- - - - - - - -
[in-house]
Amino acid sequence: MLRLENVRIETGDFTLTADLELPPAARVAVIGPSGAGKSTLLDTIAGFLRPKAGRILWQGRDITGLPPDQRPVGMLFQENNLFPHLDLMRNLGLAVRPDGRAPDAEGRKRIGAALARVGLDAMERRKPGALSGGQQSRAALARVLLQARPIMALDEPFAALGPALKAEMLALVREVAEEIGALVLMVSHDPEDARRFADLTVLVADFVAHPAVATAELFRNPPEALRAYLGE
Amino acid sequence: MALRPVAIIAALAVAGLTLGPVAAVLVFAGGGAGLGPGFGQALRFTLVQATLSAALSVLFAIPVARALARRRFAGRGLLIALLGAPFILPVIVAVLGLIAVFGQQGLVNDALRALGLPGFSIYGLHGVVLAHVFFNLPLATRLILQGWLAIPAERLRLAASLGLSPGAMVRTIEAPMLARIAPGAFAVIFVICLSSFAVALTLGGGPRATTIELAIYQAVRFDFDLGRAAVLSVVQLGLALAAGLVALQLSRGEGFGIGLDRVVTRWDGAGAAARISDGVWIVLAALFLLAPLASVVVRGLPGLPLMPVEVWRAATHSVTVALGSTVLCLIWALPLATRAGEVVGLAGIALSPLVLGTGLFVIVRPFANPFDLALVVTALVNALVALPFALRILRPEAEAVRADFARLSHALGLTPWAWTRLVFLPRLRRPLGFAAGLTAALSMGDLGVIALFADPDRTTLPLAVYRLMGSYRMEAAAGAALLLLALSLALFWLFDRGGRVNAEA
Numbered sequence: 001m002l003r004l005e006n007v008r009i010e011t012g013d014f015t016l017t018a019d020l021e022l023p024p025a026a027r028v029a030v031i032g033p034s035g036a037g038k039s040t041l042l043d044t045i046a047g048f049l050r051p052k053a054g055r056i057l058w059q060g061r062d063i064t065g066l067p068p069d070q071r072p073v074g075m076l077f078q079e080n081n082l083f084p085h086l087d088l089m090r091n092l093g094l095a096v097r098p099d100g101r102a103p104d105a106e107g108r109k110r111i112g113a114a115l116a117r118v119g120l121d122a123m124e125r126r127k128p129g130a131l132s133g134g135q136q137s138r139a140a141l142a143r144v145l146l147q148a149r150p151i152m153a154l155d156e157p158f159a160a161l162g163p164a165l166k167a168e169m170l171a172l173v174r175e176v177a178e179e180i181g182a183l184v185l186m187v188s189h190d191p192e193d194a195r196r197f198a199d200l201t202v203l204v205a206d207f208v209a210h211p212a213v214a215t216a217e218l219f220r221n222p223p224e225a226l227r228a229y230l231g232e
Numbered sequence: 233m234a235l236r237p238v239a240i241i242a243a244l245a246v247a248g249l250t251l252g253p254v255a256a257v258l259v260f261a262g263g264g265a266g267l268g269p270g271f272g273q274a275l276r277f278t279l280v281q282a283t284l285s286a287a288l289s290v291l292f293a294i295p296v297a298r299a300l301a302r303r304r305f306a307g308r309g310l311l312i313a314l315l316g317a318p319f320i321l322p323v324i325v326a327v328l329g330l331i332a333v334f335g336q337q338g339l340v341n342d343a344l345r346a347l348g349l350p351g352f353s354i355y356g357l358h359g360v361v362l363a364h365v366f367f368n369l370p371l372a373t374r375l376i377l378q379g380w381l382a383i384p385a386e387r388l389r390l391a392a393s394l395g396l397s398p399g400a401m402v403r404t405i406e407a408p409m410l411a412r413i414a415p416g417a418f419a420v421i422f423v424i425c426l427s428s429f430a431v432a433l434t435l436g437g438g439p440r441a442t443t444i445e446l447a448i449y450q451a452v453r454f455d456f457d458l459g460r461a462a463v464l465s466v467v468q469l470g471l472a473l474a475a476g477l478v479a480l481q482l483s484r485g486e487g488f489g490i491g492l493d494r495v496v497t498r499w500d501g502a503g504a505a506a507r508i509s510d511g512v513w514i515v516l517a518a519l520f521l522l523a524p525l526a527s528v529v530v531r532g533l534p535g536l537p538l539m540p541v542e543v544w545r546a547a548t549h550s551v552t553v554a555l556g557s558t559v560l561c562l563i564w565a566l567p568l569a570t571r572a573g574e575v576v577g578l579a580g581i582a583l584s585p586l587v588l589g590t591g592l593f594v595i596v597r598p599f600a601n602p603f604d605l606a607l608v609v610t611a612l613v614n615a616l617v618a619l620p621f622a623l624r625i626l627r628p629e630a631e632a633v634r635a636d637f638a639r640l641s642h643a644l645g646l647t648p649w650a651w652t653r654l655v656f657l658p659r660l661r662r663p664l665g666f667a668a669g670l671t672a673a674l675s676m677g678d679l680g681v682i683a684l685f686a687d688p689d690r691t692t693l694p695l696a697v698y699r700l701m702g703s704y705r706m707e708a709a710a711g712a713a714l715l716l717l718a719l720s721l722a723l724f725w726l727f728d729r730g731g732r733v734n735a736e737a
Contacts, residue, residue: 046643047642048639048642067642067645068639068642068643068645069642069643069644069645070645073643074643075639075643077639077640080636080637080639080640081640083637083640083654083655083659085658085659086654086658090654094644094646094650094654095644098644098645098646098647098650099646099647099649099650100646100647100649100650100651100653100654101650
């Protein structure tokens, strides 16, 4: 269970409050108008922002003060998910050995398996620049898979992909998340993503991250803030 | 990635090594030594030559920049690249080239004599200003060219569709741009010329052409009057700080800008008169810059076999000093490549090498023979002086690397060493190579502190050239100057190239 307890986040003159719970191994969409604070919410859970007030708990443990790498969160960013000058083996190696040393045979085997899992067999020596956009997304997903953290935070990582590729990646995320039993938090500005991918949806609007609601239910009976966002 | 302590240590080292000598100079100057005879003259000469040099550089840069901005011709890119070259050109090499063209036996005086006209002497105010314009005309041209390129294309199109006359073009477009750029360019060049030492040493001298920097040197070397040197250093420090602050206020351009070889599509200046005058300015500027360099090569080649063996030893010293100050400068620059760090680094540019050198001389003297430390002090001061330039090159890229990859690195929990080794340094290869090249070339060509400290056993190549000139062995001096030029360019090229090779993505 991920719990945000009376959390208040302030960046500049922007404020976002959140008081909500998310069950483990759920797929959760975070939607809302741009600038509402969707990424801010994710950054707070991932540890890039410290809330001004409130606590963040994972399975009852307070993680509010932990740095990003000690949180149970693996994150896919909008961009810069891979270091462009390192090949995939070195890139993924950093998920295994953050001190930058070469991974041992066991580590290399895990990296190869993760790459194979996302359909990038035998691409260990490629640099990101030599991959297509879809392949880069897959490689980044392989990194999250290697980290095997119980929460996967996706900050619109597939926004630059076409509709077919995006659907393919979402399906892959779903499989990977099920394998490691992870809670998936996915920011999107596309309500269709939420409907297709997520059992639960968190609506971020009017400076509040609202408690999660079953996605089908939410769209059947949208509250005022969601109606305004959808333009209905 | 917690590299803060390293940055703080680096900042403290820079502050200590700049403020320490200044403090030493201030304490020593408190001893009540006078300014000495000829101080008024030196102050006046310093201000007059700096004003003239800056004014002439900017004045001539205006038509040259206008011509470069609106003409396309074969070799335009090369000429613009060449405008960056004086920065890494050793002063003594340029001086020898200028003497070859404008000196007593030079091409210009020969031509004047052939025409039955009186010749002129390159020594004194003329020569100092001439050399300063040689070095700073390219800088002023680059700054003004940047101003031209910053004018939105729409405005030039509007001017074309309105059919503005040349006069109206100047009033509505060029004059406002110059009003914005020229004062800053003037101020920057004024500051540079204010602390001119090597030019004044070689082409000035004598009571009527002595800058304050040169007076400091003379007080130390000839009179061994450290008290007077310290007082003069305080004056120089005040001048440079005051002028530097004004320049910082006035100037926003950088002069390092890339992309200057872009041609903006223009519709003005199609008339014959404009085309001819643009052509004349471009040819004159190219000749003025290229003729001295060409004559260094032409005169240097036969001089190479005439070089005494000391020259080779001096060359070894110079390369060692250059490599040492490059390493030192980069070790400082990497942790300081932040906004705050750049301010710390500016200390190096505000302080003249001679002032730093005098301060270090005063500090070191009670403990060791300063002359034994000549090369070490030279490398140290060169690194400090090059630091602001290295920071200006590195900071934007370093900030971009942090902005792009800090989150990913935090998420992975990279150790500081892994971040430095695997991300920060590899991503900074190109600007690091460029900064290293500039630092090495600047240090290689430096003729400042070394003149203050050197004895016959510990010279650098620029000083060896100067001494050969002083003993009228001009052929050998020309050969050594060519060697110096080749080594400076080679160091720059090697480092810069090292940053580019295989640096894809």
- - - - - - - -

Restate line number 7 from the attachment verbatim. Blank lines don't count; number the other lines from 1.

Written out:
């Protein structure tokens, strides 16, 4: 269970409050108008922002003060998910050995398996620049898979992909998340993503991250803030 | 990635090594030594030559920049690249080239004599200003060219569709741009010329052409009057700080800008008169810059076999000093490549090498023979002086690397060493190579502190050239100057190239 307890986040003159719970191994969409604070919410859970007030708990443990790498969160960013000058083996190696040393045979085997899992067999020596956009997304997903953290935070990582590729990646995320039993938090500005991918949806609007609601239910009976966002 | 302590240590080292000598100079100057005879003259000469040099550089840069901005011709890119070259050109090499063209036996005086006209002497105010314009005309041209390129294309199109006359073009477009750029360019060049030492040493001298920097040197070397040197250093420090602050206020351009070889599509200046005058300015500027360099090569080649063996030893010293100050400068620059760090680094540019050198001389003297430390002090001061330039090159890229990859690195929990080794340094290869090249070339060509400290056993190549000139062995001096030029360019090229090779993505 991920719990945000009376959390208040302030960046500049922007404020976002959140008081909500998310069950483990759920797929959760975070939607809302741009600038509402969707990424801010994710950054707070991932540890890039410290809330001004409130606590963040994972399975009852307070993680509010932990740095990003000690949180149970693996994150896919909008961009810069891979270091462009390192090949995939070195890139993924950093998920295994953050001190930058070469991974041992066991580590290399895990990296190869993760790459194979996302359909990038035998691409260990490629640099990101030599991959297509879809392949880069897959490689980044392989990194999250290697980290095997119980929460996967996706900050619109597939926004630059076409509709077919995006659907393919979402399906892959779903499989990977099920394998490691992870809670998936996915920011999107596309309500269709939420409907297709997520059992639960968190609506971020009017400076509040609202408690999660079953996605089908939410769209059947949208509250005022969601109606305004959808333009209905 | 917690590299803060390293940055703080680096900042403290820079502050200590700049403020320490200044403090030493201030304490020593408190001893009540006078300014000495000829101080008024030196102050006046310093201000007059700096004003003239800056004014002439900017004045001539205006038509040259206008011509470069609106003409396309074969070799335009090369000429613009060449405008960056004086920065890494050793002063003594340029001086020898200028003497070859404008000196007593030079091409210009020969031509004047052939025409039955009186010749002129390159020594004194003329020569100092001439050399300063040689070095700073390219800088002023680059700054003004940047101003031209910053004018939105729409405005030039509007001017074309309105059919503005040349006069109206100047009033509505060029004059406002110059009003914005020229004062800053003037101020920057004024500051540079204010602390001119090597030019004044070689082409000035004598009571009527002595800058304050040169007076400091003379007080130390000839009179061994450290008290007077310290007082003069305080004056120089005040001048440079005051002028530097004004320049910082006035100037926003950088002069390092890339992309200057872009041609903006223009519709003005199609008339014959404009085309001819643009052509004349471009040819004159190219000749003025290229003729001295060409004559260094032409005169240097036969001089190479005439070089005494000391020259080779001096060359070894110079390369060692250059490599040492490059390493030192980069070790400082990497942790300081932040906004705050750049301010710390500016200390190096505000302080003249001679002032730093005098301060270090005063500090070191009670403990060791300063002359034994000549090369070490030279490398140290060169690194400090090059630091602001290295920071200006590195900071934007370093900030971009942090902005792009800090989150990913935090998420992975990279150790500081892994971040430095695997991300920060590899991503900074190109600007690091460029900064290293500039630092090495600047240090290689430096003729400042070394003149203050050197004895016959510990010279650098620029000083060896100067001494050969002083003993009228001009052929050998020309050969050594060519060697110096080749080594400076080679160091720059090697480092810069090292940053580019295989640096894809």